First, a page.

3rd CCSC Northwest Conference • Fall 2001

 Ints and Integers The default Integer type in Haskell provides for very large numbers ```> 2 ^ 100 1267650600228229401496703205376 > 2 ^ 200 1606938044258990275541962092341162602522202993782792835301376``` (there is also a more efficient and traditional Int type)

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 3rd CCSC Northwest Conference • Fall 2001

 Ints and Integers Floating-point arithmetic Traditional IEEE floating-point arithmetic is also available (with the usual caveats) ```> 2.3 ^ 5 64.36343 > \$\$ * 25.333 1630.51877```

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 3rd CCSC Northwest Conference • Fall 2001

 Ints and Integers Floating-point arithmetic Exact rational arithmetic Haskell provides exact rational numbers (written with an infix "%") as a safer alternative to floating-point ```> 51 % 3 17 % 1 > (51 % 3) * (2 % 5) 34 % 5```

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 3rd CCSC Northwest Conference • Fall 2001

 Ints and Integers Floating-point arithmetic Exact rational arithmetic Booleans and if expressions The usual boolean values are written with initial caps; the conditional construct is an expression, not a statement ```> if 3 < 2 then "oops" else "hurray!" "hurray!" > (if 3 < 2 then "oops" else "hurray!") ++ " arithmetic works!" "hurray! arithmetic works!" > (if 3 < 2 then (+) else (*)) 10 20 200```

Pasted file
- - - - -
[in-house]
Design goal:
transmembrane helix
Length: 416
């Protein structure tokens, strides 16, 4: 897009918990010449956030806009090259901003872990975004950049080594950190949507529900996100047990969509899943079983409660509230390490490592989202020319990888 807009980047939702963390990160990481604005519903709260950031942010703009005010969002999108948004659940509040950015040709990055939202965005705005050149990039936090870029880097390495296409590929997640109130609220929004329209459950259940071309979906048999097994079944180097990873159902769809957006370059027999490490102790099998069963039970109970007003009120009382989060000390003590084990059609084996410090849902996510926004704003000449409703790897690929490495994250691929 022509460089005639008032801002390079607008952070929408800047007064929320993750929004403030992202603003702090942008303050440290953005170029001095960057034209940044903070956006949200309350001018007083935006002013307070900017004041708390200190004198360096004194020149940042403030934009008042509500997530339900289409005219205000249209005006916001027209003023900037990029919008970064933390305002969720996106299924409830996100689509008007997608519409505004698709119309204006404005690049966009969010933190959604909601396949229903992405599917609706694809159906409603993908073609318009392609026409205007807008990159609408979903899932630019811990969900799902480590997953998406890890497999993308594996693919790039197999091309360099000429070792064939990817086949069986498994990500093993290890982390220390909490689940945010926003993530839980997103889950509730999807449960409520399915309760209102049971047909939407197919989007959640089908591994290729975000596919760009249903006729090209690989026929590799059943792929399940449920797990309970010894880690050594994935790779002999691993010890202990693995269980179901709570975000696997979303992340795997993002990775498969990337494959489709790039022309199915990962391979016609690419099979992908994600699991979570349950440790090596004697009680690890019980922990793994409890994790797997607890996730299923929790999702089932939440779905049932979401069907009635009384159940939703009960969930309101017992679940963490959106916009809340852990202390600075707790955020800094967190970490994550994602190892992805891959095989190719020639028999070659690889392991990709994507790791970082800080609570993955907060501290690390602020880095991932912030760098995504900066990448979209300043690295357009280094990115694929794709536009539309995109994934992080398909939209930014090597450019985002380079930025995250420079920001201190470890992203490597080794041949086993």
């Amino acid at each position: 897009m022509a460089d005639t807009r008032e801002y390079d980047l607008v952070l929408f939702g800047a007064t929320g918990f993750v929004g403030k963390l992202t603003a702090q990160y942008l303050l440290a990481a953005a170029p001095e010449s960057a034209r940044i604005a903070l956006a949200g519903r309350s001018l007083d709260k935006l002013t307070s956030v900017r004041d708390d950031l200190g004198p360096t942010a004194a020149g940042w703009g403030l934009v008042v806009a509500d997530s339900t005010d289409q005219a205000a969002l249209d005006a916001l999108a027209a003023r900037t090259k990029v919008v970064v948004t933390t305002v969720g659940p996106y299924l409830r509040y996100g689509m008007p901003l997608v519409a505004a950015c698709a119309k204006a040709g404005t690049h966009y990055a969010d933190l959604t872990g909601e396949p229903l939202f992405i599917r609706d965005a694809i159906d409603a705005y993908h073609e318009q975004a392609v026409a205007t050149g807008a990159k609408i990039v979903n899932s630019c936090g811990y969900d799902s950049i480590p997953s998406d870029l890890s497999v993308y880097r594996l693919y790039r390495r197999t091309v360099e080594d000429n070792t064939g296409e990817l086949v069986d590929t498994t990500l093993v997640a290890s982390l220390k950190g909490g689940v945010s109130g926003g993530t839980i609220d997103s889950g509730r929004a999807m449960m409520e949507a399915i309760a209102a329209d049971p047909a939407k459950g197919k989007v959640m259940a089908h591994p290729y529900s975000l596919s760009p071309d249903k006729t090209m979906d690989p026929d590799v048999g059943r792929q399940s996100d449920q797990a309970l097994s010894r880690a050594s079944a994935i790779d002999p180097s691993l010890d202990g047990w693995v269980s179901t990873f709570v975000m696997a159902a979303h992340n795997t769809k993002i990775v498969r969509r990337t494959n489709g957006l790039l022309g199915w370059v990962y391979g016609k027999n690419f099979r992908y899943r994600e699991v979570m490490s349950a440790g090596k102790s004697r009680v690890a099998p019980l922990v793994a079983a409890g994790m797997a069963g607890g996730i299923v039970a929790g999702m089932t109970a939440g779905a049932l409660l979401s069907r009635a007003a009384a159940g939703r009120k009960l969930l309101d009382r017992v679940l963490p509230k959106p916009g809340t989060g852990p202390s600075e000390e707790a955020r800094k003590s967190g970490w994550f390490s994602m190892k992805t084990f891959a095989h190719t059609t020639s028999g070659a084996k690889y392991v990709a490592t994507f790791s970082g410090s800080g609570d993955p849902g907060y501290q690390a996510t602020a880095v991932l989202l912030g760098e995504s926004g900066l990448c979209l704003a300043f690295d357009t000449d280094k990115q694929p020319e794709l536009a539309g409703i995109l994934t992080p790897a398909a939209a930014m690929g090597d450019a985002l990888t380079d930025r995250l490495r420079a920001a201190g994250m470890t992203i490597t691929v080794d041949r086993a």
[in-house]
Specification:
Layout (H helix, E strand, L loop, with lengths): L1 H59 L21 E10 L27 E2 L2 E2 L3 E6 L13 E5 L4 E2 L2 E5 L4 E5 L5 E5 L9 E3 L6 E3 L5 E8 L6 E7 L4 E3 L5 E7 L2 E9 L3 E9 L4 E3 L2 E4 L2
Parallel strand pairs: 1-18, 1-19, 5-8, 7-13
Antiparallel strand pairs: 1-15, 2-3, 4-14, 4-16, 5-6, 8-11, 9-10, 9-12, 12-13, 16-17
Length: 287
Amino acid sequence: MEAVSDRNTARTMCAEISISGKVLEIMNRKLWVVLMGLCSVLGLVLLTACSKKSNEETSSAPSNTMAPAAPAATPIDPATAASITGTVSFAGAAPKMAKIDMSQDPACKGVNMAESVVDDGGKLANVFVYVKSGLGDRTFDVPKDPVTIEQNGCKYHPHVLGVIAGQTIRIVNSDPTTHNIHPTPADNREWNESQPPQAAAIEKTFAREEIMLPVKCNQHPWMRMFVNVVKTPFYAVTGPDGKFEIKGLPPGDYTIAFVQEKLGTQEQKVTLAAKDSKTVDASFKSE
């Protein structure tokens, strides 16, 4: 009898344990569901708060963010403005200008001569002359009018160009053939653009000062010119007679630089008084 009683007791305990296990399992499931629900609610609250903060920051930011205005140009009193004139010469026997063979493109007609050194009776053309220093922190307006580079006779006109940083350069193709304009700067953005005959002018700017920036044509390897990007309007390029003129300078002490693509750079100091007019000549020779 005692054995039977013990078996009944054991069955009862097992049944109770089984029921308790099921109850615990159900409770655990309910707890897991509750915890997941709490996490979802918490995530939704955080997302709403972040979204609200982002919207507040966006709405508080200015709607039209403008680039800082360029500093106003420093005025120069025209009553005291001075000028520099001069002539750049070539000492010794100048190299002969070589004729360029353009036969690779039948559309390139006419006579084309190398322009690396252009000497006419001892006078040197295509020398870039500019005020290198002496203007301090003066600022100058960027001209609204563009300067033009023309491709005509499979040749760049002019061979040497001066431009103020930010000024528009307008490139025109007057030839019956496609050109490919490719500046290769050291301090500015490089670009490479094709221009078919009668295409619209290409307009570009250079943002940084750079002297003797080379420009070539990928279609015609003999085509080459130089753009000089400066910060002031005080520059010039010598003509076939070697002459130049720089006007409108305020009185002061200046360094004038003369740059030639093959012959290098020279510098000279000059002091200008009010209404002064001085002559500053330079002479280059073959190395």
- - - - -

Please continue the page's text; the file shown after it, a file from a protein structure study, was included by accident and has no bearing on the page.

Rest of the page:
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 3rd CCSC Northwest Conference • Fall 2001

 Ints and Integers Floating-point arithmetic Exact rational arithmetic Booleans and if expressions Pairs and tuples Unlike most languages, Haskell provides pairs and tuples as independent entities (e.g., to return multiple results) ```> fst (2, "foo") 2 > 17 `divMod` 3 (5,2)```

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 3rd CCSC Northwest Conference • Fall 2001

 Ints and Integers Floating-point arithmetic Exact rational arithmetic Booleans and if expressions Pairs and tuples The Maybe type The Maybe datatype marks values as either Nothing or "Just" a single value; this allows for a natural light-weight exception mechanism ```> lookup "sam" [("amy", 25), ("fred", 1), ("sam", 2)] Just 2 > lookup "jim" [("amy", 25), ("fred", 1), ("sam", 2)] Nothing```

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